This is a creatorial picture of the great fact that Christ loved the church, and gave Himself for it. This divine love and the giving of Himself recall our remarks on verse 2 of this chapter, where we have expanded on various references to divine love and the giving of Himself. The Lord’s objective was to “sanctify” the church, namely, that her affections may be uniquely directed to Himself. Affections directed elsewhere constitute the essence of idolatry.
In the objective “cleanse it with the washing”, the noun “washing” occurs elsewhere only in Titus 3.5, where salvation is by the washing of regeneration, referring to the new birth, where the old is discarded and the new introduced. As a verb in John 13. 10, the washing is once and for all, though the daily pathway needs constant cleansing. This washing is “by the word"-that is, the spoken word, and refers to preaching as the means whereby the gospel is made known.
The idea of presentation is often found in the N.T. Thus we present our bodies, Rom. 12. 1. Paul would present the Corinthians as a chaste virgin, 2 Cor. 11.2, and would present every man perfect in Christ Jesus, Col. 1. 28. Christ will present the church in perfection, and also believers as holy and unblameable, Col. 1. 22. Finally, God will present us faultless before the throne, Jude 24. We may not be of sufficient status to be presented to the sovereign here below, but the standing of all believers gives them this blessed prospect of presentation in the day yet to come.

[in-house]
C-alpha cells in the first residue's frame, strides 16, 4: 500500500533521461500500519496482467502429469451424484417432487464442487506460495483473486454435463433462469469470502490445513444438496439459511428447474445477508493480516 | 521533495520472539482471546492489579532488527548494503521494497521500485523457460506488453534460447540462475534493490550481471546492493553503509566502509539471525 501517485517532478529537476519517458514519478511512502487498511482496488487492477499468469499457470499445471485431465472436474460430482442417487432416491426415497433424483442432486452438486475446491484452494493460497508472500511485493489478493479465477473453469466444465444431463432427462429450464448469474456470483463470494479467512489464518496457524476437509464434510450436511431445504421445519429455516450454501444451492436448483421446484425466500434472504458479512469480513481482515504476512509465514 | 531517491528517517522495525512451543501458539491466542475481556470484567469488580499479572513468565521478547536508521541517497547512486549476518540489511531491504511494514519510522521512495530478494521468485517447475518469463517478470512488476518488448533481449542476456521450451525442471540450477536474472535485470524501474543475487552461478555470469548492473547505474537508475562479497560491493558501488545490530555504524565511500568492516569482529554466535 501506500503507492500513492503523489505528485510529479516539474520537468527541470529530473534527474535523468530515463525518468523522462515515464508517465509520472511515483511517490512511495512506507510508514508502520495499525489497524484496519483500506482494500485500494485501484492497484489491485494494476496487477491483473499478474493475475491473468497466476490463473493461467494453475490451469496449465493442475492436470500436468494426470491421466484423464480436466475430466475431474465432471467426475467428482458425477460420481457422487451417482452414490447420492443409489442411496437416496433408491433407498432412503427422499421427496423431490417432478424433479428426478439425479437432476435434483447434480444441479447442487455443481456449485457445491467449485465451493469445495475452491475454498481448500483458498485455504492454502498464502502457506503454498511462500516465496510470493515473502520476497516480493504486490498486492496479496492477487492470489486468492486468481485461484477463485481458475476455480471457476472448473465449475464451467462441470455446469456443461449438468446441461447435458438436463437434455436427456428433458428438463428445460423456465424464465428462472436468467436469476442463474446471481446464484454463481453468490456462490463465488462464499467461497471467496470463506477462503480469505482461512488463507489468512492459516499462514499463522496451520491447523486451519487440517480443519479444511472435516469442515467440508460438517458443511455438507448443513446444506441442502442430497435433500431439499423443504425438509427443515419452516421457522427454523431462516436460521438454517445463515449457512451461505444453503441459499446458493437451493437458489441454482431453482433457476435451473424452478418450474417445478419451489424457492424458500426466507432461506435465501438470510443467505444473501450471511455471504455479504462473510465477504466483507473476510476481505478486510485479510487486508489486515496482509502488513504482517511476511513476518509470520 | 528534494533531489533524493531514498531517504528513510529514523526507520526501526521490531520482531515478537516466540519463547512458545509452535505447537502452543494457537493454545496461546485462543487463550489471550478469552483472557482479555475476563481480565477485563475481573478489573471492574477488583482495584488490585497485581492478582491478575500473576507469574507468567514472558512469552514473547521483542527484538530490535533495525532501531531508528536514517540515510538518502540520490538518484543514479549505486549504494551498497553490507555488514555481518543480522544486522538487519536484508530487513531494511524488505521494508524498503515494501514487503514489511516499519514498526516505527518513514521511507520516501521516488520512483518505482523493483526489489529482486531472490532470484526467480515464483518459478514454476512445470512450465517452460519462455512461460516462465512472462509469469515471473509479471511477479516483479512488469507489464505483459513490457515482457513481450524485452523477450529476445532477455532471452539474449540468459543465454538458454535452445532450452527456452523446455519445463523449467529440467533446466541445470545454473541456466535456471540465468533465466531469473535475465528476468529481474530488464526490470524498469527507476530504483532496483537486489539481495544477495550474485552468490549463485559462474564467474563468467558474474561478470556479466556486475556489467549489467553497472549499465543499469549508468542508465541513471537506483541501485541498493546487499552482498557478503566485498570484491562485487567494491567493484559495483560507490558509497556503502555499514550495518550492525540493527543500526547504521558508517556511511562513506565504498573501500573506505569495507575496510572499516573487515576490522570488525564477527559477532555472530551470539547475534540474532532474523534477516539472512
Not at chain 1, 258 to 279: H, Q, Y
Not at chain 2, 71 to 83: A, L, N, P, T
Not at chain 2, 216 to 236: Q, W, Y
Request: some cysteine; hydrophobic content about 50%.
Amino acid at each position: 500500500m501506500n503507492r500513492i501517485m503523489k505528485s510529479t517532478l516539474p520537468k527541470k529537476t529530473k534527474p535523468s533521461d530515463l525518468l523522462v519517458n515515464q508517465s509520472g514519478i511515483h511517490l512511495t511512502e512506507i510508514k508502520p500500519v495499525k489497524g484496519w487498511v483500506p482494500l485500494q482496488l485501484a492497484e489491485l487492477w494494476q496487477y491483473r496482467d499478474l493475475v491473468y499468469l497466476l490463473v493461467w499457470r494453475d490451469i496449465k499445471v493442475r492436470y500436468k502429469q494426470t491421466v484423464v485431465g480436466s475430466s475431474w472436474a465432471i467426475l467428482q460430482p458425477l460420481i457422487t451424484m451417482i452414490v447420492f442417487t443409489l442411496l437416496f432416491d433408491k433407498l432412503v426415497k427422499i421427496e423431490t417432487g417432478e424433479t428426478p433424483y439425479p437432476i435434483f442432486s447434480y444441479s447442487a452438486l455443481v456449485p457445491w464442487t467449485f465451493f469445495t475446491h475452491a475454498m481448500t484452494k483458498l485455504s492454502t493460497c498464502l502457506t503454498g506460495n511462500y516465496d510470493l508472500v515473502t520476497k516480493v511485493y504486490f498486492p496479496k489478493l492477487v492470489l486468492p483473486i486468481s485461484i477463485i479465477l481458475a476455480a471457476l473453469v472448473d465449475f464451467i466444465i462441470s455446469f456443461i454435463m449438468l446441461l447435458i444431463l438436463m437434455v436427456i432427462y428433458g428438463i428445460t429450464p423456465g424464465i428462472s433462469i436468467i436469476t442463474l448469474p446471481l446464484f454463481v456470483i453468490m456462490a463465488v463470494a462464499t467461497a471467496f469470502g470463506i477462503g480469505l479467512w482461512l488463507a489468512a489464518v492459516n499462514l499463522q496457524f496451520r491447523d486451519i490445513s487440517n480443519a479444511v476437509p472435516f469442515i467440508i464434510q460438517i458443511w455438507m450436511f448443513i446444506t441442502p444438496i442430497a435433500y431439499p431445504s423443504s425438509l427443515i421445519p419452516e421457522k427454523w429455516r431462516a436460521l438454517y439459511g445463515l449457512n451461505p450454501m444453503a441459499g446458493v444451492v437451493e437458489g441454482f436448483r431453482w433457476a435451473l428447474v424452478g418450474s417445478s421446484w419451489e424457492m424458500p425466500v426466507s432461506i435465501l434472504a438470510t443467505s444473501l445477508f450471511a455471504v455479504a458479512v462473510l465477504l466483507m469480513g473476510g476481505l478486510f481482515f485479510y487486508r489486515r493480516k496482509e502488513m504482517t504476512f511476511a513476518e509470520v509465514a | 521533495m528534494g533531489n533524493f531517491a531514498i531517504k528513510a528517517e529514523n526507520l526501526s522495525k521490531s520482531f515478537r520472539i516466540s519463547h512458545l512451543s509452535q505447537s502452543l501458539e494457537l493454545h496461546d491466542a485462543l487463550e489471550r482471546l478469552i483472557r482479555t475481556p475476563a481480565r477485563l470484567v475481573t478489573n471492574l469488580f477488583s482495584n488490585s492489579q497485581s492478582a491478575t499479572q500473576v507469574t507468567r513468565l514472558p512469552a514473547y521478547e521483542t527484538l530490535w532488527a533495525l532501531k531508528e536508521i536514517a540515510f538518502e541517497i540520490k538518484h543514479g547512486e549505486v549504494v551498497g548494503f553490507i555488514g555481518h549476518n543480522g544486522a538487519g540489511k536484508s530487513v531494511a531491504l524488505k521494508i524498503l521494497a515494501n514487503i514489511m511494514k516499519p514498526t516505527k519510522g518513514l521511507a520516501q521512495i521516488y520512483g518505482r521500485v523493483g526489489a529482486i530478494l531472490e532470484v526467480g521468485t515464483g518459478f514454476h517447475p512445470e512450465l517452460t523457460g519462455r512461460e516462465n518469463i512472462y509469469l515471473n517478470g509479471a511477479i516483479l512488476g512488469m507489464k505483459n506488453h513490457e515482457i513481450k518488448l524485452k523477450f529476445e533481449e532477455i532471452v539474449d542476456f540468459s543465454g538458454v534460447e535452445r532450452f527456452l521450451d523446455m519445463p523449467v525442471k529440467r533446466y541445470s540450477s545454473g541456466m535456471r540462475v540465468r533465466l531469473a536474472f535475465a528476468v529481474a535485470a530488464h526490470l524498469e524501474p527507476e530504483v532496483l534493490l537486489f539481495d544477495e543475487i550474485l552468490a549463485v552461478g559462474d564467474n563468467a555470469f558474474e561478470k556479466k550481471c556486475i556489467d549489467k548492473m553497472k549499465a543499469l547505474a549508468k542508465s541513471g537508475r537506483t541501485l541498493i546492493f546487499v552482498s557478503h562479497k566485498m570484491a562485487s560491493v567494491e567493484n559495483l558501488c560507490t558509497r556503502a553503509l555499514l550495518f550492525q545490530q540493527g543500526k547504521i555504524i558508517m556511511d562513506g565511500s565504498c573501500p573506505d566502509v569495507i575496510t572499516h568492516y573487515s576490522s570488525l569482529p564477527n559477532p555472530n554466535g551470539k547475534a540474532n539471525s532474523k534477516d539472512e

The church is described as without spot (blot, or moral stain). Thus Christ as the Lamb was without spot, 1 Pet. 1. 19, but false teachers are spots, 2 Pet. 2. 13. A wrinkle indicates disfigurement due to age, morally caused by much contact with the world, but the standing of the church is ageless, the work of Christ ensuring that it cannot be marred. “Without blemish” is used of the Lamb in 1 Peter 1. 19, and of believers in Ephesians 1. 4 and Colossians 1. 22. In other words, there is nothing out of keeping with the divine plan for the church as the bride. For she is completely consistent with being in that eternal heavenly home with Christ which is far better. How opposite this is to a man marrying a wife whom he cannot allow to remain in his home, as in Solomon’s case, 2 Chron. 8. 11.
In verses 28-33, we have the husband’s responsibility to his wife. The man is used as a picture of Christ cherishing His body the church, and Paul uses this natural relationship as a basis for expounding this great spiritual truth. Note that Paul is still dealing with the body of Christ. To accommodate the truth of the bride at the same time, the apostle quotes Genesis 2. 24, that “they shall be one flesh”. Naturally speaking, Paul is describing the care that a man should have for his wife, Eph. 5. 28, 29, 33. The word “nourisheth” implies the promotion of health and wellbeing, while “cherisheth” takes our minds to Paul’s attitude in Thessalonica, “as a nurse cherisheth her children”, 1 Thess. 2. 7; here is a caring for a body that is the temple of divine occupation.
Paul stresses that this is what the Lord does for His body, the church, “even as the Lord the church”. In love, He promotes spiritual wellbeing, because “we are members of his body, of his flesh, and of his bones”. (Some editors omit reference to “flesh” and “bones".) Members of His body would suggest service under His control; the bones would relate to the body’s structure, for example the named men as gifts in 4. 11. The “flesh” (not in any derogatory sense) relates to members seen in a spiritual sense, as for example in Ezekiel 11. 19; 36. 26, where we find “an heart of flesh” and “a new spirit” replacing the old.